IDEAS home Printed from https://ideas.repec.org/a/bpj/jqsprt/v6y2010i3n8.html
   My bibliography  Save this article

A Point-Mass Mixture Random Effects Model for Pitching Metrics

Author

Listed:
  • Piette James

    (University of Pennsylvania)

  • Braunstein Alexander

    (Google, Inc.)

  • McShane Blakeley B

    (Kellogg School of Management, Northwestern University)

  • Jensen Shane T.

    (University of Pennsylvania)

Abstract

A plethora of statistics have been proposed to measure the effectiveness of pitchers in Major League Baseball. While many of these are quite traditional (e.g., ERA, wins), some have gained currency only recently (e.g., WHIP, K/BB). Some of these metrics may have predictive power, but it is unclear which are the most reliable or consistent. We address this question by constructing a Bayesian random effects model that incorporates a point mass mixture and fitting it to data on twenty metrics spanning approximately 2,500 players and 35 years. Our model identifies FIP, HR/9, ERA, and BB/9 as the highest signal metrics for starters and GB%, FB%, and K/9 as the highest signal metrics for relievers. In general, the metrics identified by our model are independent of team defense. Our procedure also provides a relative ranking of metrics separately by starters and relievers and shows that these rankings differ quite substantially between them. Our methodology is compared to a Lasso-based procedure and is internally validated by detailed case studies.

Suggested Citation

  • Piette James & Braunstein Alexander & McShane Blakeley B & Jensen Shane T., 2010. "A Point-Mass Mixture Random Effects Model for Pitching Metrics," Journal of Quantitative Analysis in Sports, De Gruyter, vol. 6(3), pages 1-17, July.
  • Handle: RePEc:bpj:jqsprt:v:6:y:2010:i:3:n:8
    as

    Download full text from publisher

    File URL: https://www.degruyter.com/view/j/jqas.2010.6.3/jqas.2010.6.3.1237/jqas.2010.6.3.1237.xml?format=INT
    Download Restriction: For access to full text, subscription to the journal or payment for the individual article is required.

    As the access to this document is restricted, you may want to search for a different version of it.

    References listed on IDEAS

    as
    1. Albert James, 2006. "Pitching Statistics, Talent and Luck, and the Best Strikeout Seasons of All-Time," Journal of Quantitative Analysis in Sports, De Gruyter, vol. 2(1), pages 1-32, January.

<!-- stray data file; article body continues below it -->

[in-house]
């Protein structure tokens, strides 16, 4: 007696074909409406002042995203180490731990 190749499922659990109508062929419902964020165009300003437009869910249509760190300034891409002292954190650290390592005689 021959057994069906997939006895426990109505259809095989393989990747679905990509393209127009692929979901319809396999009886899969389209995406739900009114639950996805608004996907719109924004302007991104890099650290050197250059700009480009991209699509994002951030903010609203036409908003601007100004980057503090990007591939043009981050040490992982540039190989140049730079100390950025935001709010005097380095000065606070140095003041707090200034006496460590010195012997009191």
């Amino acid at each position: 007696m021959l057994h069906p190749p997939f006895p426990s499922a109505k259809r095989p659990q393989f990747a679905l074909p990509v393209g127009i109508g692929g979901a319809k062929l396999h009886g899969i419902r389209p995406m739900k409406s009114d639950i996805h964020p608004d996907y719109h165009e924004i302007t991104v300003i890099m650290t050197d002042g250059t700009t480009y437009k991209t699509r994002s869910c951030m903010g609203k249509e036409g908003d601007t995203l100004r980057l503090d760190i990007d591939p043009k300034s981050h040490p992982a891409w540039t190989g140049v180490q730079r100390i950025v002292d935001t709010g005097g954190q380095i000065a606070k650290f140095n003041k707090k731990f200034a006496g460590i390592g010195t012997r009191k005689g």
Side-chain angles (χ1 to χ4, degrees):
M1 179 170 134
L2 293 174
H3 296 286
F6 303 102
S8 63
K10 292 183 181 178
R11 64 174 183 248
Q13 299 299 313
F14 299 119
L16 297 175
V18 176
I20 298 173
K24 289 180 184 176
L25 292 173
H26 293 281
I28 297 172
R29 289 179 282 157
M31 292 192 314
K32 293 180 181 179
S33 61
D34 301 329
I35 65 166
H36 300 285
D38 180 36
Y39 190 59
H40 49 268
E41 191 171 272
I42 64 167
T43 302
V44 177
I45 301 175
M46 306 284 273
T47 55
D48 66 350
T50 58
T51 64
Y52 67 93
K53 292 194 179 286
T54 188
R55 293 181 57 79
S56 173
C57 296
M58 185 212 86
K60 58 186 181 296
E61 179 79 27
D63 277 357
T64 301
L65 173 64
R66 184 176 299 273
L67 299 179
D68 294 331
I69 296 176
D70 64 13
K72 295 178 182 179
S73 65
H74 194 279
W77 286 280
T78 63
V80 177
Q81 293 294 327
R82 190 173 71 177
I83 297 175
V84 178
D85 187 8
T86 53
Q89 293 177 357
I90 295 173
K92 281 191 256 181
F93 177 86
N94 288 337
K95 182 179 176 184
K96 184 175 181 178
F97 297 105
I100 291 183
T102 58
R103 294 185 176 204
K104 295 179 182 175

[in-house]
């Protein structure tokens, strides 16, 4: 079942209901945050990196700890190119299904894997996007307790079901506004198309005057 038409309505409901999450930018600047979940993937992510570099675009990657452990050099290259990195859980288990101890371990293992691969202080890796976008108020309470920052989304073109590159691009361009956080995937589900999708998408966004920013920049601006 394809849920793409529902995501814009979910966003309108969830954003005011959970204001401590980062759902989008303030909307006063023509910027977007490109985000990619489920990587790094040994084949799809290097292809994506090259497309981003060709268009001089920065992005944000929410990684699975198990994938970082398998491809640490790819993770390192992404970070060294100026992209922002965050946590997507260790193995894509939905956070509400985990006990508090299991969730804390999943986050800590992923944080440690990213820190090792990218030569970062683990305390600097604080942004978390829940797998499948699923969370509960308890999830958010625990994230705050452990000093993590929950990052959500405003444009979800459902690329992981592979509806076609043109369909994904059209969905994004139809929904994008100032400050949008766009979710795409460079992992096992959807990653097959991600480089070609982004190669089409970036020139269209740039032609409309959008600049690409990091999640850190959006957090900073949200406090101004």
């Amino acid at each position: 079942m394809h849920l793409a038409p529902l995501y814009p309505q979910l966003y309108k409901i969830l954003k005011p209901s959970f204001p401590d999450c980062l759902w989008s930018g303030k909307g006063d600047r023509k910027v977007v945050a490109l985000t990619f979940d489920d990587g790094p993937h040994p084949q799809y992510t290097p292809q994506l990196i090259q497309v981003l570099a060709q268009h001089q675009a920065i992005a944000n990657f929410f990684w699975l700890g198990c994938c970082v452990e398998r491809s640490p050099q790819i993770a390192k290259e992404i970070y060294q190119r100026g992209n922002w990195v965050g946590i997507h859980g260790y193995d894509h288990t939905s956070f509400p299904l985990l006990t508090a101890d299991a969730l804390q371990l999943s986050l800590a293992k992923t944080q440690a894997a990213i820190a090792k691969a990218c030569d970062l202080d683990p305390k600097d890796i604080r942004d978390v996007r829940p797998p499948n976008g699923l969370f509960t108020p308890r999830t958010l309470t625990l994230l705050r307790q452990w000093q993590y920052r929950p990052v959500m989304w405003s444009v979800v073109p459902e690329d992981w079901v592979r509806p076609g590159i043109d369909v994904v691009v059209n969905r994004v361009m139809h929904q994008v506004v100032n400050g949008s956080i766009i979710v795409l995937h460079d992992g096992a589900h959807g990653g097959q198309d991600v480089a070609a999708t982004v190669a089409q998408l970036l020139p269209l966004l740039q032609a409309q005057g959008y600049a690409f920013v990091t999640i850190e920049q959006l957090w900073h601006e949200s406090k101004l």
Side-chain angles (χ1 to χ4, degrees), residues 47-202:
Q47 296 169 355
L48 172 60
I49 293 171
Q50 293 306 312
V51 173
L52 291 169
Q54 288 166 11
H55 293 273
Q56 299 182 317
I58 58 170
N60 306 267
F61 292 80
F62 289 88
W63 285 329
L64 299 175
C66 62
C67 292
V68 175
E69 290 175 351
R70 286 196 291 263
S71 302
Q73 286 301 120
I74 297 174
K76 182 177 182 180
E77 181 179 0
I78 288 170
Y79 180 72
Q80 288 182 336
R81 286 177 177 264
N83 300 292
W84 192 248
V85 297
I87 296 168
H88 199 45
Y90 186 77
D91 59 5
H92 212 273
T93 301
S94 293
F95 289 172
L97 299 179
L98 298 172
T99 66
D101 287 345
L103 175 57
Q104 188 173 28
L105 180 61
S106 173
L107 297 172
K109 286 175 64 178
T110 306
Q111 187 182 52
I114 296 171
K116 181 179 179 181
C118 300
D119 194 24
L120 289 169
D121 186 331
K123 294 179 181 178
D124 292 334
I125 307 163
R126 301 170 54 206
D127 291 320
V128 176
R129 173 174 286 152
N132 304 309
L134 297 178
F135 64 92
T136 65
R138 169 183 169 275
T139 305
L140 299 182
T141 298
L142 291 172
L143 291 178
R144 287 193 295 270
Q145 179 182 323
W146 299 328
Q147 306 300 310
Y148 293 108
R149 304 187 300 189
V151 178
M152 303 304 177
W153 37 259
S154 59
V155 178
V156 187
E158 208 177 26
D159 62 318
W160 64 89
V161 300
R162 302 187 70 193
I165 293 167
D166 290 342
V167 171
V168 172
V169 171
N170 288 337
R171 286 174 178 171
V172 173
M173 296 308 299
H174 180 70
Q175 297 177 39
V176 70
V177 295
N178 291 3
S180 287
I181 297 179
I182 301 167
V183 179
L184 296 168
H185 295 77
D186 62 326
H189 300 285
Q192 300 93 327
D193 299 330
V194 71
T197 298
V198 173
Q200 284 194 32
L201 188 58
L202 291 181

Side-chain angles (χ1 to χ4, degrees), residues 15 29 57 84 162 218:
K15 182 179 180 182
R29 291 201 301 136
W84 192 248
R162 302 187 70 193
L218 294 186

Full references (including those not matched with items on IDEAS)

    Citations

    Citations are extracted by the CitEc Project, subscribe to its RSS feed for this item.
    as


    Cited by:

    1. Albert Jim, 2016. "Improved component predictions of batting and pitching measures," Journal of Quantitative Analysis in Sports, De Gruyter, vol. 12(2), pages 73-85, June.

    More about this item

    Statistics

    Access and download statistics

    Corrections

    All material on this site has been provided by the respective publishers and authors. You can help correct errors and omissions. When requesting a correction, please mention this item's handle: RePEc:bpj:jqsprt:v:6:y:2010:i:3:n:8. See general information about how to correct material in RePEc.

    For technical questions regarding this item, or to correct its authors, title, abstract, bibliographic or download information, contact: (Peter Golla). General contact details of provider: https://www.degruyter.com .

    If you have authored this item and are not yet registered with RePEc, we encourage you to do it here. This allows to link your profile to this item. It also allows you to accept potential citations to this item that we are uncertain about.

    If CitEc recognized a reference but did not link an item in RePEc to it, you can help with this form .

    If you know of missing items citing this one, you can help us creating those links by adding the relevant references in the same way as above, for each refering item. If you are a registered author of this item, you may also want to check the "citations" tab in your RePEc Author Service profile, as there may be some citations waiting for confirmation.

    Please note that corrections may take a couple of weeks to filter through the various RePEc services.

    IDEAS is a RePEc service hosted by the Research Division of the Federal Reserve Bank of St. Louis . RePEc uses bibliographic data supplied by the respective publishers.